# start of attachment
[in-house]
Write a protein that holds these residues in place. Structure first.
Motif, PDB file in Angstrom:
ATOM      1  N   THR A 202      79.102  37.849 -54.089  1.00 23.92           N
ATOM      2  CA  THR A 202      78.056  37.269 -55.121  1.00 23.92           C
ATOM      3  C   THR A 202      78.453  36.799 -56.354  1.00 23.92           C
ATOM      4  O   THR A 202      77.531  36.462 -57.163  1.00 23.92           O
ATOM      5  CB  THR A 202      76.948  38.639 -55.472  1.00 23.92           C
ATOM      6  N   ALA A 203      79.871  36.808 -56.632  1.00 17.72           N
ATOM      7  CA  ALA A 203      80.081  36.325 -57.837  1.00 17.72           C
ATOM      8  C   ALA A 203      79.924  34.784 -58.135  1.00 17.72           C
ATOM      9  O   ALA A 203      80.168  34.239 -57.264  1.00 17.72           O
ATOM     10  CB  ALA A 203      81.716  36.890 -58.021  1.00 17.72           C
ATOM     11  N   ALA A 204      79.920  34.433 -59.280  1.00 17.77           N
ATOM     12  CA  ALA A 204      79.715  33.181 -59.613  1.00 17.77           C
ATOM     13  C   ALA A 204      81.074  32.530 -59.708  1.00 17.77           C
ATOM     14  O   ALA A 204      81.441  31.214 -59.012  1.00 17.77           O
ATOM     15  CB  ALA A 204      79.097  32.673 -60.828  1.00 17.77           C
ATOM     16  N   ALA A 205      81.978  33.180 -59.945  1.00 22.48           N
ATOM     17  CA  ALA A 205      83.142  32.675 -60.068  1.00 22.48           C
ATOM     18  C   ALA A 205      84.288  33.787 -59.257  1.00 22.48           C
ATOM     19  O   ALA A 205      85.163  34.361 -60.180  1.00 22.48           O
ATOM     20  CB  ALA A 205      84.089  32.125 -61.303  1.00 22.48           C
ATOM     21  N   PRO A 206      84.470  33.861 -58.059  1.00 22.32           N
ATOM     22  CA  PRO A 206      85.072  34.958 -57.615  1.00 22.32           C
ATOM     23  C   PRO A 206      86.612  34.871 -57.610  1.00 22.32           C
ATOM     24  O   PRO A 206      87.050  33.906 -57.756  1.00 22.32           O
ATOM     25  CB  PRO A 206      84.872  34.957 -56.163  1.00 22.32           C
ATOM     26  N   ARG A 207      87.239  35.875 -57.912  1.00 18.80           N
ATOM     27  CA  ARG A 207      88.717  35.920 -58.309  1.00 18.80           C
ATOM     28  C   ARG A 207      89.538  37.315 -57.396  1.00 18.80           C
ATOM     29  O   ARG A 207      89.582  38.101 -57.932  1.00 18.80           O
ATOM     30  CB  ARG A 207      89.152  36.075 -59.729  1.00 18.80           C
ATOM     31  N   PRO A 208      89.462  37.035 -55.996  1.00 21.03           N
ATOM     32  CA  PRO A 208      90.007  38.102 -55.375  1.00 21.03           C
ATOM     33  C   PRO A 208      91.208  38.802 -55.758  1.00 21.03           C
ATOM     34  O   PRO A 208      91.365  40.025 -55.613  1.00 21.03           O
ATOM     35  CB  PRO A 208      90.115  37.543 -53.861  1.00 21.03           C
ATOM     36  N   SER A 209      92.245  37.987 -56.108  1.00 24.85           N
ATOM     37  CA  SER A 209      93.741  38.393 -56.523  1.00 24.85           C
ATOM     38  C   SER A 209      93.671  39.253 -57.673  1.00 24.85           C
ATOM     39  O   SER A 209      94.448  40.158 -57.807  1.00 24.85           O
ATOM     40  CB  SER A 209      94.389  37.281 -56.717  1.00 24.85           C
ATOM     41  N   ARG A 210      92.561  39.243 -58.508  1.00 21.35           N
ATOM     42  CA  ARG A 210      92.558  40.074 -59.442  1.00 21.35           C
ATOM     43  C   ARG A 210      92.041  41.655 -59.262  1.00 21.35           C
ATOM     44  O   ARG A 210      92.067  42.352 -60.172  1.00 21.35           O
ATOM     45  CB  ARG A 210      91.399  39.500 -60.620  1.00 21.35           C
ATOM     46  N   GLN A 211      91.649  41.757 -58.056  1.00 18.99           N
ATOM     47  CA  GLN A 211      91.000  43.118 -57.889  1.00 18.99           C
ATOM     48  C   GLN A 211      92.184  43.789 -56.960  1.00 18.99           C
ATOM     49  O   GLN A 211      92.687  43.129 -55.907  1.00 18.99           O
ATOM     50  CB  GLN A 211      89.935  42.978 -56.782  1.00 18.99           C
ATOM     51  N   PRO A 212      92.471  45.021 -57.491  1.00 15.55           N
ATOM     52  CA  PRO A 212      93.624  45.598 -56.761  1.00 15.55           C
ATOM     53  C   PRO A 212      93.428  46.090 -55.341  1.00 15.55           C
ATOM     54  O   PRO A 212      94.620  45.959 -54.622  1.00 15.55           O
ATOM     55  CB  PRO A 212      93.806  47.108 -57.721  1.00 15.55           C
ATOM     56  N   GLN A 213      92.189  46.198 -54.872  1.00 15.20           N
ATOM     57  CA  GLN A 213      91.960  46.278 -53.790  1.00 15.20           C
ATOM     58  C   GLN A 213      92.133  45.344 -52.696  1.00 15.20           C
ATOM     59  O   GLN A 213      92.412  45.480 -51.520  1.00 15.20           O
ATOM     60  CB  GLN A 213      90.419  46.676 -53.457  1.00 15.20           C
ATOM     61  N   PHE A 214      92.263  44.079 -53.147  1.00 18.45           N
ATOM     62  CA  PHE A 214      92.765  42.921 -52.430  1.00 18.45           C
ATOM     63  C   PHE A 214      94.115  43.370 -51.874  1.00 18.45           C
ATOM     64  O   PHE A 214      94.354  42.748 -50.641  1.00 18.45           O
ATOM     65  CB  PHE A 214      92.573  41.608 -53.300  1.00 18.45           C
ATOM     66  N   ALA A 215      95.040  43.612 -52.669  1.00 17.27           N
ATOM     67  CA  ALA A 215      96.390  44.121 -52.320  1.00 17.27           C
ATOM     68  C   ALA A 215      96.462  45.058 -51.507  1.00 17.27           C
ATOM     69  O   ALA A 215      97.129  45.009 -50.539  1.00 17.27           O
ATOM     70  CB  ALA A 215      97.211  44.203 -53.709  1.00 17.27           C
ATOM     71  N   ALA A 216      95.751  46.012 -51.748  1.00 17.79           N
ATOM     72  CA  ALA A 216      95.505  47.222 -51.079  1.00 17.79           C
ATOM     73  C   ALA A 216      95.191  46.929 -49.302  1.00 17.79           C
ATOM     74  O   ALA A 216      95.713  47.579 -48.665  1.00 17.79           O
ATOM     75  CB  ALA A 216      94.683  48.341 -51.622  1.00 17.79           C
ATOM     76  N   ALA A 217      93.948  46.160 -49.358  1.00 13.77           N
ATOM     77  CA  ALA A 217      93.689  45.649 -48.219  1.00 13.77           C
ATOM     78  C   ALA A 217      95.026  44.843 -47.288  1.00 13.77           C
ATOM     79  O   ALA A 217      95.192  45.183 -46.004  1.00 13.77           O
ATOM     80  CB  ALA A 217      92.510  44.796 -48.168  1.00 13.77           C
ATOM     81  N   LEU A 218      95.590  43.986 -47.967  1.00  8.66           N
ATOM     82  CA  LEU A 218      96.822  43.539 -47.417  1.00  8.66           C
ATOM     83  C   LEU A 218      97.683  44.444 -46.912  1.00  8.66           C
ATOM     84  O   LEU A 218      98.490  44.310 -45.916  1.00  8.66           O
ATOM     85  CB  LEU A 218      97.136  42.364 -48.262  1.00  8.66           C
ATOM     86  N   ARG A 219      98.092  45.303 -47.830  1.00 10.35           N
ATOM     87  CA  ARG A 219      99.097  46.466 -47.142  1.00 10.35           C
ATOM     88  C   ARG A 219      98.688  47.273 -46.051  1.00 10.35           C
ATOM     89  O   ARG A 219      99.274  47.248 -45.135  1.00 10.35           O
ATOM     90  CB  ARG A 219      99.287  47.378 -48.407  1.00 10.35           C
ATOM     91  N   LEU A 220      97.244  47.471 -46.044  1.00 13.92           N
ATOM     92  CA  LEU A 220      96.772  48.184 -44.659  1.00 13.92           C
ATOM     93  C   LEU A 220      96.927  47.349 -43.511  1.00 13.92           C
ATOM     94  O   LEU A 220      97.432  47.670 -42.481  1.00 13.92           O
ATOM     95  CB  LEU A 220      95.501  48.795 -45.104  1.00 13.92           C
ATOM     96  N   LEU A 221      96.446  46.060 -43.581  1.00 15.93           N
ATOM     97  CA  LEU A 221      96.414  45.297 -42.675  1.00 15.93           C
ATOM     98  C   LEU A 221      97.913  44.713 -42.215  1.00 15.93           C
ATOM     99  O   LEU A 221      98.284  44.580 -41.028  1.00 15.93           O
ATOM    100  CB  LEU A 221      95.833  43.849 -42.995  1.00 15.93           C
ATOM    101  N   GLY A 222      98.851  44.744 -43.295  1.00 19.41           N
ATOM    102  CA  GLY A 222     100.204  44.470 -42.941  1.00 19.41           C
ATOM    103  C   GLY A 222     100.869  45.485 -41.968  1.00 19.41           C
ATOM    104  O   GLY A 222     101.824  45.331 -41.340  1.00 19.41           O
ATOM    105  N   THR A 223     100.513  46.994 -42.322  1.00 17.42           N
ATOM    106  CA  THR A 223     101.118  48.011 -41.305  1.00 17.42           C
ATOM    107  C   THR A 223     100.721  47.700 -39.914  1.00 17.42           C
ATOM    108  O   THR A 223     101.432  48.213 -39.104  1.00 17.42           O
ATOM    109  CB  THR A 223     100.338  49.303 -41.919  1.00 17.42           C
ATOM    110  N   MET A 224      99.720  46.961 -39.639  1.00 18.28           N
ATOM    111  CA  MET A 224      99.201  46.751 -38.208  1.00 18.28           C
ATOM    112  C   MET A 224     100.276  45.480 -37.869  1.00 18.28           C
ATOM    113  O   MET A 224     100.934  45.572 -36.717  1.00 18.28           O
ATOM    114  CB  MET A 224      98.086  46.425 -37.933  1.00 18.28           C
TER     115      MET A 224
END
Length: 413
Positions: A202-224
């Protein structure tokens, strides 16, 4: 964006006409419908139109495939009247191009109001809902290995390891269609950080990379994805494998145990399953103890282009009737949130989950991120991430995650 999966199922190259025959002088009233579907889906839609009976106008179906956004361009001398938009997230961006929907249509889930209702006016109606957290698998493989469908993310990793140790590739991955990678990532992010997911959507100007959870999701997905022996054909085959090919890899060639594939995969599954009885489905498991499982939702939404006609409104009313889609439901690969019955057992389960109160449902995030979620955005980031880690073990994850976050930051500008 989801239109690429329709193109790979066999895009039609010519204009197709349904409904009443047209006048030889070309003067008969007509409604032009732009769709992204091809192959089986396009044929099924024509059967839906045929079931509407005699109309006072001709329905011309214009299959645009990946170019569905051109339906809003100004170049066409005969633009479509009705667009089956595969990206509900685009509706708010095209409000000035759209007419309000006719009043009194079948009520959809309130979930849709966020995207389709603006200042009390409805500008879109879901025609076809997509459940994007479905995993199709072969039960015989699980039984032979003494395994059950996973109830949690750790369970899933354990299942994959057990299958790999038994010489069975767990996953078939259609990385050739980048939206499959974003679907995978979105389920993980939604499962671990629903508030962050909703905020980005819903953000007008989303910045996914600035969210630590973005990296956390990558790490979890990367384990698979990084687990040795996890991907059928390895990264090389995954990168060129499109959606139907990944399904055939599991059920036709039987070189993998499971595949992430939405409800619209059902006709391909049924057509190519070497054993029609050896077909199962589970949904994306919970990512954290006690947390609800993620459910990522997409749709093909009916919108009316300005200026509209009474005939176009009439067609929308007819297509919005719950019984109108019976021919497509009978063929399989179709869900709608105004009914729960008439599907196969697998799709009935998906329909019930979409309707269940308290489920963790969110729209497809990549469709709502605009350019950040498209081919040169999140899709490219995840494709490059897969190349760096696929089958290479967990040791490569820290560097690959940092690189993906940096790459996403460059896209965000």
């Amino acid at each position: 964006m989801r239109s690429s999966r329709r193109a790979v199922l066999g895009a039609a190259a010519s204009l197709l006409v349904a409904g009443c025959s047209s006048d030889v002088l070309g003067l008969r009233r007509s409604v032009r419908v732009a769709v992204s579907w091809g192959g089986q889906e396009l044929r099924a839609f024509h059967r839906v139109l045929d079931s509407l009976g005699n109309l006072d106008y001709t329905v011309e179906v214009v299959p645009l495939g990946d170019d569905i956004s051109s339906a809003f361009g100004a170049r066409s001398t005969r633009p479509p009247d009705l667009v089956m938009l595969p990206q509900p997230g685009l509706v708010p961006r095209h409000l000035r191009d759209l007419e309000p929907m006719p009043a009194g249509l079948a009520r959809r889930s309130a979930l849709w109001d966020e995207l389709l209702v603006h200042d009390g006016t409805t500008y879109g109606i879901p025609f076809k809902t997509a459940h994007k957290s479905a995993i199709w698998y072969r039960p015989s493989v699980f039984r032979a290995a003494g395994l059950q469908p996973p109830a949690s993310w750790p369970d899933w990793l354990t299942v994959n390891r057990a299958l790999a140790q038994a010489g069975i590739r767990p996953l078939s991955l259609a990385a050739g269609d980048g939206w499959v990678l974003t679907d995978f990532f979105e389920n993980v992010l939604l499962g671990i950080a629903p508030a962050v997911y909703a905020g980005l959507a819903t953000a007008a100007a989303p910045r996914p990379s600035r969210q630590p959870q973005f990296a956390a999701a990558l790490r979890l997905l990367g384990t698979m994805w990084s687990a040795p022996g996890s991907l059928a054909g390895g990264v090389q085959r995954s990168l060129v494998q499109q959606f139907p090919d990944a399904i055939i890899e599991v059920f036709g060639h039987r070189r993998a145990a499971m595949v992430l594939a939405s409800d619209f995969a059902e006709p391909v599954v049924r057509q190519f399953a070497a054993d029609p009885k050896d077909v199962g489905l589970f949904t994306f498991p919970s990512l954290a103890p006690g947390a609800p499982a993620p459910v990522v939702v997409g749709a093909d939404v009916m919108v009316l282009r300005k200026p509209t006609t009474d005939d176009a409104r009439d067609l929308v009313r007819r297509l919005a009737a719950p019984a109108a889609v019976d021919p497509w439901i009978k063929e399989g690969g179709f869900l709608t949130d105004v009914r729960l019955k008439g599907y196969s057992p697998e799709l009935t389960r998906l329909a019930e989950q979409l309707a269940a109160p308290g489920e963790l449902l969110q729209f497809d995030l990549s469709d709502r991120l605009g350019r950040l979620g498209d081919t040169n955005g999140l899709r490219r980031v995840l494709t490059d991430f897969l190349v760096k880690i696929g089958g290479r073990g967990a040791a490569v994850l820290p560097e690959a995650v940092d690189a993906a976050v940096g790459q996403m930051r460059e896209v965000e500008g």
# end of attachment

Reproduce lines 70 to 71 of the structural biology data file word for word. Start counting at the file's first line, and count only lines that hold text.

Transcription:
ATOM     67  CA  ALA A 215      96.390  44.121 -52.320  1.00 17.27           C
ATOM     68  C   ALA A 215      96.462  45.058 -51.507  1.00 17.27           C